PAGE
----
Cerebral palsy is a neurological disorder affecting children characterized by impairment in movement and coordination. It is due to any problem that occurs during or immediately after birth.
It is a non progressive permanent disorder affecting the movement and causing limitation of activity. It is the most common cause of childhood disability. Possible causes include intrauterine infections during pregnancy, hypoxic injury to the brain (due to lack of oxygen) during delivery, Accidental and non accidental trauma.
Premature labour is a significant factor leading to cerebral palsy. This is due to bleeding inside the brain called as intraventricular hemorrhage. It can also be due to insufficient blood supply to the brain. Other risk factors include meconium aspiration, growth restriction inside the uterus, perinatal hypoglycemia.
Genetic studies reveal that half of cerebral palsy without environmental risk factors are due to genomic deletions or duplications
Symptoms vary depending upon the degree of damage to the brain. Some children may have difficulty in walking whereas some have profound disability requiring lifelong care. Children may also have seizures, slow growth, musculoskeletal problems like scoliosis, blindness, deafness, learning difficulties, bladder or bowel incontinence.
TYPES OF CEREBRAL PALSY
• Spastic: The child has increased tone causing stiffness in the legs or arms. If it affects the legs predominantly it is called spastic diplegia, if it affects all four limbs as quadriplegia, if it affects one side of the body hemiplegia.
• Dyskinetic/choreoathetoid: Here there is involuntary movements causing dance like contractions of the muscles.
• Dystonic: There is sustained involuntary contraction causing twisting movements
• Ataxic: There is unsteadiness and lack of coordination.
Prevalence: It is found in 3.8% of the population. Nearly 15-20 % of physically disabled are affected by cerebral palsy in India. Estimated incidence is 3 per 1000 live births.
Evaluation History and physical examination along with radiological investigations help in diagnosing cerebral palsy. In the neonatal period cranial ultrasound helps in diagnosing intraventricular hemorrhage or ventriculomegaly. MRI of the brain helps in detecting pathologies in the neuroanatomy of the motor area of the brain. Various clinical assessment scales are used in the diagnosis. EEG is necessary if the patient has seizures. Genetic workup may be required if there is a family history, dysmorphic features, History of consanguinity.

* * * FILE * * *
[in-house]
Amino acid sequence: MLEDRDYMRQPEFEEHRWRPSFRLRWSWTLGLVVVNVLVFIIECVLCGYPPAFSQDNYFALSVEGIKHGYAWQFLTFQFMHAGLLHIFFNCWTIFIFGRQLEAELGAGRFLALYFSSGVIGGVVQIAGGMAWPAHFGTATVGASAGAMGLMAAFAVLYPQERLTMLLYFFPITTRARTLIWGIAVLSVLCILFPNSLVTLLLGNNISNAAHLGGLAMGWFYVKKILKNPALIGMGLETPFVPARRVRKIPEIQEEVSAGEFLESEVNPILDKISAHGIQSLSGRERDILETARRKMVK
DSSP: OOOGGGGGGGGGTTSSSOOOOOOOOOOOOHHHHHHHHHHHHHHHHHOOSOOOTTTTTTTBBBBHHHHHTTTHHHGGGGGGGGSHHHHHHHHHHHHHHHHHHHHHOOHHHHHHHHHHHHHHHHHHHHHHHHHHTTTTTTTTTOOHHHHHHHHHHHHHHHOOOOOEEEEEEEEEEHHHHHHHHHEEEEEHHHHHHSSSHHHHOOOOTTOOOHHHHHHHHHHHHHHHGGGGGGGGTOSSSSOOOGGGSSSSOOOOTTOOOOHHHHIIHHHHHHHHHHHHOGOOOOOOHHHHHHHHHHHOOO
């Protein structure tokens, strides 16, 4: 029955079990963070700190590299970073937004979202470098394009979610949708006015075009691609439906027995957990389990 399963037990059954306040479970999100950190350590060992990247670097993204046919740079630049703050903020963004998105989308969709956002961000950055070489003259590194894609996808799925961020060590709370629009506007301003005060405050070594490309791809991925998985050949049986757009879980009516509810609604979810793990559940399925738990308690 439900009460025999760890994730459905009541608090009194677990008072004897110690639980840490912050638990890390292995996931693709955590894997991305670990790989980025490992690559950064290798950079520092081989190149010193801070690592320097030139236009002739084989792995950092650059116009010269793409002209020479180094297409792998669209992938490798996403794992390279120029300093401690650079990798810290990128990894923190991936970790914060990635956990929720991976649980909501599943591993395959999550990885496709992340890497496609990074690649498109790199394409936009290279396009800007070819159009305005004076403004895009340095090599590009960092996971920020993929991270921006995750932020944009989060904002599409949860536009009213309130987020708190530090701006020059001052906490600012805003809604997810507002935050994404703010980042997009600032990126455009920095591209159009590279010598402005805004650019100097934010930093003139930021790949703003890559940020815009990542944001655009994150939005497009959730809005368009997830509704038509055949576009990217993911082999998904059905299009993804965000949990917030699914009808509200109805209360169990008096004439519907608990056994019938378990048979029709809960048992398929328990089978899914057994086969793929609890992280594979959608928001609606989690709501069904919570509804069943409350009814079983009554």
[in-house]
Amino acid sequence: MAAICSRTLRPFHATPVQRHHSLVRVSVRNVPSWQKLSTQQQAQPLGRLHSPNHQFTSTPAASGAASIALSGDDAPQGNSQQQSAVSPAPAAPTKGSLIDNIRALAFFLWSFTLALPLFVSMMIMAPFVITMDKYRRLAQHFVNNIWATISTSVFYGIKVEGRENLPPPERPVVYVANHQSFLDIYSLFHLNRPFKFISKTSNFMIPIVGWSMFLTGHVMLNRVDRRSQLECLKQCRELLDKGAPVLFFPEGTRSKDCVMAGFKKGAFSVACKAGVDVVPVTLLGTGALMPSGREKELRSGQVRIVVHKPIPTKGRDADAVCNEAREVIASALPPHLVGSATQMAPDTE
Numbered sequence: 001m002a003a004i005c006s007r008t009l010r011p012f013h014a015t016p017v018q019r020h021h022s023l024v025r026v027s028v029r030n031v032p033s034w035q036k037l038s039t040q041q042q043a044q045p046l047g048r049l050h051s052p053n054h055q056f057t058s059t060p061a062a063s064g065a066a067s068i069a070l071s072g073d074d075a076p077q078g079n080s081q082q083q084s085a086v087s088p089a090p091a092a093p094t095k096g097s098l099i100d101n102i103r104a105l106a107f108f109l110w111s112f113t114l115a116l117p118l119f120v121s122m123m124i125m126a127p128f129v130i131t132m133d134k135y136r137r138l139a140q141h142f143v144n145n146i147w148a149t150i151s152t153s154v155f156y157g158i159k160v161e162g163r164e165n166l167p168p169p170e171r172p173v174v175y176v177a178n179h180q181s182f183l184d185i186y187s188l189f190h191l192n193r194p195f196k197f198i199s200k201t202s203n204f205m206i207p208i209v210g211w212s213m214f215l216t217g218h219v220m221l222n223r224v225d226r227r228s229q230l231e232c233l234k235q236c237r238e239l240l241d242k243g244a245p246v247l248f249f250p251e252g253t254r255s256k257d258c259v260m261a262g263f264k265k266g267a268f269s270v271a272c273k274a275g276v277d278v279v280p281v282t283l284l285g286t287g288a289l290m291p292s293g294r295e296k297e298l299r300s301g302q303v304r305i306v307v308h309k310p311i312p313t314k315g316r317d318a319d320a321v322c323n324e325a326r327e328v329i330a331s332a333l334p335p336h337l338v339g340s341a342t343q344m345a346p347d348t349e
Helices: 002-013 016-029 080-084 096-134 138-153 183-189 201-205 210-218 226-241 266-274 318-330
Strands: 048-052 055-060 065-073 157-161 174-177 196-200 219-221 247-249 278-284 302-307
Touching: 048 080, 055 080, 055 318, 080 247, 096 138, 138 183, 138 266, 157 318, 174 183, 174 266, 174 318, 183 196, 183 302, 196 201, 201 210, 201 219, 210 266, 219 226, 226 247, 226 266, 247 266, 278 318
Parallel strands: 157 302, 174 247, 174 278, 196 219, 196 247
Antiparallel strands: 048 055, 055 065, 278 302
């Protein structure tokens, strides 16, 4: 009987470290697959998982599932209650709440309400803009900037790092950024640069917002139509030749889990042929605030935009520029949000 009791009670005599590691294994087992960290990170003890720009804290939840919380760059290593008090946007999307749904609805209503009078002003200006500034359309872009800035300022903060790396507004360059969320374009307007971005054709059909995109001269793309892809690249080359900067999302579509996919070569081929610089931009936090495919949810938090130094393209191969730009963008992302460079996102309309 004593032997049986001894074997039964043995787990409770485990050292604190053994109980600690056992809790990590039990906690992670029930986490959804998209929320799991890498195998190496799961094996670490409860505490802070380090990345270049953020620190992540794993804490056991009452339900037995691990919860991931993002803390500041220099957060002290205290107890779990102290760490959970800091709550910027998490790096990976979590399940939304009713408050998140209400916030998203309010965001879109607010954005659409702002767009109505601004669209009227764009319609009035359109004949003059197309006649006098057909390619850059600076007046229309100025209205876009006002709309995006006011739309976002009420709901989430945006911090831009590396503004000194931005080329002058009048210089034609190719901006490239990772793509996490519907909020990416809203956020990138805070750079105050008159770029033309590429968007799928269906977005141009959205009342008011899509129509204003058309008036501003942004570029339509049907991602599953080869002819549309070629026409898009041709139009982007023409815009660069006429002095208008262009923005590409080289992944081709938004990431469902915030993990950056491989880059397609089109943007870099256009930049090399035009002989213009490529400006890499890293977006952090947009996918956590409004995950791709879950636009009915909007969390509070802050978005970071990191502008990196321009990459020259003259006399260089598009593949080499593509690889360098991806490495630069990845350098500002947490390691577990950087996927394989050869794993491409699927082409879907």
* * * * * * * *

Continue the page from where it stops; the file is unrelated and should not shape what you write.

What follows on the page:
Management Treatment uses an interdisciplinary approach which includes neurologists, primary care pediatrician, Orthopedician and physical therapist. The aim is improving the quality of life and reducing the burden on caregivers.
Physiotherapy, speech therapy, occupational therapy and medications to reduce muscle stiffness and spasms are used. Medications to treat dystonia and choreiform movements are used. Antiepileptics are used in the patients with seizures. Stool softeners are used for constipation. Orthopedic evaluation is necessary if there is dislocation/subluxation of the hips, scoliosis, equinovarus deformity. Surgical measures include tendon releases, hip derotation /rotation surgery. Surgeries to reduce spascticity include baclofen pump, dorsal rhizotomy (surgical lesion produced in the spinal cord to reduce the tone). Botox injections are used for treating spasticity
Prognosis: Most children live a normal, long and happy lives. Children with mild forms of cerebral palsy have normal life expectancy. Children with severe forms of epilepsy, quadriplegia, severe mental retardation have a worse outcome. Most common cause of death is aspiration. Good prognostic factors include sitting by age of 24 months and crawling by age of 30 months. Poor prognostic factors include not achieving head balance by 20 months and not crawling by age of 5 years.
Improving outcome: It is imperative for the clinicians to recognize the signs and symptoms of cerebral palsy at the earliest. Early interventions can improve the functional outcomes due to neuronal plasticity. Educating and training the care giver will help in alleviating the physical and psychological burden.
The writer is a consultant – neurology, KMC Hospital, Mangalore.